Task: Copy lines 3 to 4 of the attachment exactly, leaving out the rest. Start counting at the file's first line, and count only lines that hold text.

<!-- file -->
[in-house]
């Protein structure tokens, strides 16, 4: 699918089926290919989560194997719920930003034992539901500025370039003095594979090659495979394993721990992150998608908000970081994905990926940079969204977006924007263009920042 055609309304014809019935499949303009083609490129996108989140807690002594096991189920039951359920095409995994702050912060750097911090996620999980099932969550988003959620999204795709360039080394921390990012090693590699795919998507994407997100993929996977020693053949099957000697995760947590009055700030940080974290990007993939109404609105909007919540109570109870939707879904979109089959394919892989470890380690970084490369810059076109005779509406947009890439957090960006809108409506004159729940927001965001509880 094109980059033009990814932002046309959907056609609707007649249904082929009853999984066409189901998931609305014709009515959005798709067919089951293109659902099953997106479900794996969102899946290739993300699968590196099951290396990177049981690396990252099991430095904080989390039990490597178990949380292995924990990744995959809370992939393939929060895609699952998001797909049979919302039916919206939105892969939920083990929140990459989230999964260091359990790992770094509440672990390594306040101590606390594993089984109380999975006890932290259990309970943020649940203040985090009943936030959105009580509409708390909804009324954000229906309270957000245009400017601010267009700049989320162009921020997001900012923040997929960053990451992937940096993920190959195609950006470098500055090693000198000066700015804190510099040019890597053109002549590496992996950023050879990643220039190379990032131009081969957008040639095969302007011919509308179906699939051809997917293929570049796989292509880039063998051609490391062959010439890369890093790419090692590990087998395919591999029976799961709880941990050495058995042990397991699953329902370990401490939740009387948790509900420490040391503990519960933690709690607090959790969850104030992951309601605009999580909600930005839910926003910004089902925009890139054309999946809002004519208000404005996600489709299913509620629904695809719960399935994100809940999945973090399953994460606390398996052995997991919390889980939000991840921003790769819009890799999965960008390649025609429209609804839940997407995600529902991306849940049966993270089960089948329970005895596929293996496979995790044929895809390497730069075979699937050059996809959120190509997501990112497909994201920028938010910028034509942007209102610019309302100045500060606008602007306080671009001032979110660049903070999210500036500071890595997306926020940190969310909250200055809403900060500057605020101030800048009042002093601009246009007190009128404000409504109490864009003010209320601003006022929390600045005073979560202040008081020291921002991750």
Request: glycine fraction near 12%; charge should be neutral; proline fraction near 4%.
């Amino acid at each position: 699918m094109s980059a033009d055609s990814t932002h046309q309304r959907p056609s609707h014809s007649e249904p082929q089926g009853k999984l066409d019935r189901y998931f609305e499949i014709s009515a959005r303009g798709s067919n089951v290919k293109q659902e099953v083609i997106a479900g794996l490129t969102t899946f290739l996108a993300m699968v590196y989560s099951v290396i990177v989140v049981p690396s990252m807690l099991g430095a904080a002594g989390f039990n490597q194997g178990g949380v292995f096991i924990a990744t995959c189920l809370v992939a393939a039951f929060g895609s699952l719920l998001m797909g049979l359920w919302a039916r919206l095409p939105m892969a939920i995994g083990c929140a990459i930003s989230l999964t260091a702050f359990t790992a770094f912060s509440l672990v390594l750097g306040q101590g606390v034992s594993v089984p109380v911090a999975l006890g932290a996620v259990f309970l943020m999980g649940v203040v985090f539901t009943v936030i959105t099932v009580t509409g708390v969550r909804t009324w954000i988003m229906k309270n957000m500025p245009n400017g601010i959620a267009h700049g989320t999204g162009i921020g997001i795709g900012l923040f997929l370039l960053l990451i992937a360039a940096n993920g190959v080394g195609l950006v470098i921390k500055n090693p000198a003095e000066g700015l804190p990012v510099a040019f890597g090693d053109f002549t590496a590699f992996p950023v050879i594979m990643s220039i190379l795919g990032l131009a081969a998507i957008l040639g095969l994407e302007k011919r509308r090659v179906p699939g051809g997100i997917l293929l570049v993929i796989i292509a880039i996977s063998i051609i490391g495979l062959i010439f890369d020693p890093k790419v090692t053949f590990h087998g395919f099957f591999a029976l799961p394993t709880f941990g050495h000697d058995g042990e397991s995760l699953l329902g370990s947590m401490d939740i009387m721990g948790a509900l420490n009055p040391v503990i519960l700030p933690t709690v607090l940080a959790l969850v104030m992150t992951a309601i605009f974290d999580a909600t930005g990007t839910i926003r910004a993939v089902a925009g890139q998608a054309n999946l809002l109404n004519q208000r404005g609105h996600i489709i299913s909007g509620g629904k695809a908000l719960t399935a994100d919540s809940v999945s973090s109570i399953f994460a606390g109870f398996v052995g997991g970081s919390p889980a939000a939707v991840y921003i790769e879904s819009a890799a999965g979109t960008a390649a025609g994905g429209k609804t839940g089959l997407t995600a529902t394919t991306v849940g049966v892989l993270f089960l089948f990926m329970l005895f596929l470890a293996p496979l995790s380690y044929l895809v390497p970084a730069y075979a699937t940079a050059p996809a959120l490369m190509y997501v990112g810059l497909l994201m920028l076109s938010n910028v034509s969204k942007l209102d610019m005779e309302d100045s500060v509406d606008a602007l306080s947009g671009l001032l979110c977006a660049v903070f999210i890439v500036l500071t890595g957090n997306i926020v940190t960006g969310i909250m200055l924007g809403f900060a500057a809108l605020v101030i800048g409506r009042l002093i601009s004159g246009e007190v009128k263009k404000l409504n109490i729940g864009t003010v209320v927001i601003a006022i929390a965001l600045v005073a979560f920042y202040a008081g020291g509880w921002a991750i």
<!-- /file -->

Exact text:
Request: glycine fraction near 12%; charge should be neutral; proline fraction near 4%.
């Amino acid at each position: 699918m094109s980059a033009d055609s990814t932002h046309q309304r959907p056609s609707h014809s007649e249904p082929q089926g009853k999984l066409d019935r189901y998931f609305e499949i014709s009515a959005r303009g798709s067919n089951v290919k293109q659902e099953v083609i997106a479900g794996l490129t969102t899946f290739l996108a993300m699968v590196y989560s099951v290396i990177v989140v049981p690396s990252m807690l099991g430095a904080a002594g989390f039990n490597q194997g178990g949380v292995f096991i924990a990744t995959c189920l809370v992939a393939a039951f929060g895609s699952l719920l998001m797909g049979l359920w919302a039916r919206l095409p939105m892969a939920i995994g083990c929140a990459i930003s989230l999964t260091a702050f359990t790992a770094f912060s509440l672990v390594l750097g306040q101590g606390v034992s594993v089984p109380v911090a999975l006890g932290a996620v259990f309970l943020m999980g649940v203040v985090f539901t009943v936030i959105t099932v009580t509409g708390v969550r909804t009324w954000i988003m229906k309270n957000m500025p245009n400017g601010i959620a267009h700049g989320t999204g162009i921020g997001i795709g900012l923040f997929l370039l960053l990451i992937a360039a940096n993920g190959v080394g195609l950006v470098i921390k500055n090693p000198a003095e000066g700015l804190p990012v510099a040019f890597g090693d053109f002549t590496a590699f992996p950023v050879i594979m990643s220039i190379l795919g990032l131009a081969a998507i957008l040639g095969l994407e302007k011919r509308r090659v179906p699939g051809g997100i997917l293929l570049v993929i796989i292509a880039i996977s063998i051609i490391g495979l062959i010439f890369d020693p890093k790419v090692t053949f590990h087998g395919f099957f591999a029976l799961p394993t709880f941990g050495h000697d058995g042990e397991s995760l699953l329902g370990s947590m401490d939740i009387m721990g948790a509900l420490n009055p040391v503990i519960l700030p933690t709690v607090l940080a959790l969850v104030m992150t992951a309601i605009f974290d999580a909600t930005g990007t839910i926003r910004a993939v089902a925009g890139q998608a054309n999946l809002l109404n004519q208000r404005g609105h996600i489709i299913s909007g509620g629904k695809a908000l719960t399935a994100d919540s809940v999945s973090s109570i399953f994460a606390g109870f398996v052995g997991g970081s919390p889980a939000a939707v991840y921003i790769e879904s819009a890799a999965g979109t960008a390649a025609g994905g429209k609804t839940g089959l997407t995600a529902t394919t991306v849940g049966v892989l993270f089960l089948f990926m329970l005895f596929l470890a293996p496979l995790s380690y044929l895809v390497p970084a730069y075979a699937t940079a050059p996809a959120l490369m190509y997501v990112g810059l497909l994201m920028l076109s938010n910028v034509s969204k942007l209102d610019m005779e309302d100045s500060v509406d606008a602007l306080s947009g671009l001032l979110c977006a660049v903070f999210i890439v500036l500071t890595g957090n997306i926020v940190t960006g969310i909250m200055l924007g809403f900060a500057a809108l605020v101030i800048g409506r009042l002093i601009s004159g246009e007190v009128k263009k404000l409504n109490i729940g864009t003010v209320v927001i601003a006022i929390a965001l600045v005073a979560f920042y202040a008081g020291g509880w921002a991750i």